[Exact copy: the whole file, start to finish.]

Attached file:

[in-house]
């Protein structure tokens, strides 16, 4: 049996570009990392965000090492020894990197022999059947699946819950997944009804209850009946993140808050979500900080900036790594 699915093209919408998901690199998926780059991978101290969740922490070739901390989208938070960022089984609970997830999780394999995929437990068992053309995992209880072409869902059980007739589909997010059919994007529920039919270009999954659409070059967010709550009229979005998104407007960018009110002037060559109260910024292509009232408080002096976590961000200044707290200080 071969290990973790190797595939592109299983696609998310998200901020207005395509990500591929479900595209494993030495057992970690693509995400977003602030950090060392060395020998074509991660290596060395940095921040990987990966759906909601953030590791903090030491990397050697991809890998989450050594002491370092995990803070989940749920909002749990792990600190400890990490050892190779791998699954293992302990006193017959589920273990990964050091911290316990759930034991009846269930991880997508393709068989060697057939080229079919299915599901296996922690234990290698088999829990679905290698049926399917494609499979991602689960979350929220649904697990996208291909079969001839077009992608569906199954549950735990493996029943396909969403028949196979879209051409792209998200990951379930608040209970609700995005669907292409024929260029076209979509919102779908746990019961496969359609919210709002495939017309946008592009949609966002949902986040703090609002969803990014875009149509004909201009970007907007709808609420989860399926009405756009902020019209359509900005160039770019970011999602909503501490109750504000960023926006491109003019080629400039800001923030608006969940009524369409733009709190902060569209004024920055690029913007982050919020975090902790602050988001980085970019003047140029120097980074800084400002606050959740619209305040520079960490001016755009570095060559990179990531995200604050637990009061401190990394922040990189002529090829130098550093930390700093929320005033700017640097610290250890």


[in-house]
């Protein structure tokens, strides 16, 4: 049996570009990392965000090492020894990197022999059947699946819950997944009804209850009946993140808050979500900080900036790594 699915093209919408998901690199998926780059991978101290969740922490070739901390989208938070960022089984609970997830999780394999995929437990068992053309995992209880072409869902059980007739589909997010059919994007529920039919270009999954659409070059967010709550009229979005998104407007960018009110002037060559109260910024292509009232408080002096976590961000200044707290200080 071969290990973790190797595939592109299983696609998310998200901020207005395509990500591929479900595209494993030495057992970690693509995400977003602030950090060392060395020998074509991660290596060395940095921040990987990966759906909601953030590791903090030491990397050697991809890998989450050594002491370092995990803070989940749920909002749990792990600190400890990490050892190779791998699954293992302990006193017959589920273990990964050091911290316990759930034991009846269930991880997508393709068989060697057939080229079919299915599901296996922690234990290698088999829990679905290698049926399917494609499979991602689960979350929220649904697990996208291909079969001839077009992608569906199954549950735990493996029943396909969403028949196979879209051409792209998200990951379930608040209970609700995005669907292409024929260029076209979509919102779908746990019961496969359609919210709002495939017309946008592009949609966002949902986040703090609002969803990014875009149509004909201009970007907007709808609420989860399926009405756009902020019209359509900005160039770019970011999602909503501490109750504000960023926006491109003019080629400039800001923030608006969940009524369409733009709190902060569209004024920055690029913007982050919020975090902790602050988001980085970019003047140029120097980074800084400002606050959740619209305040520079960490001016755009570095060559990179990531995200604050637990009061401190990394922040990189002529090829130098550093930390700093929320005033700017640097610290250890």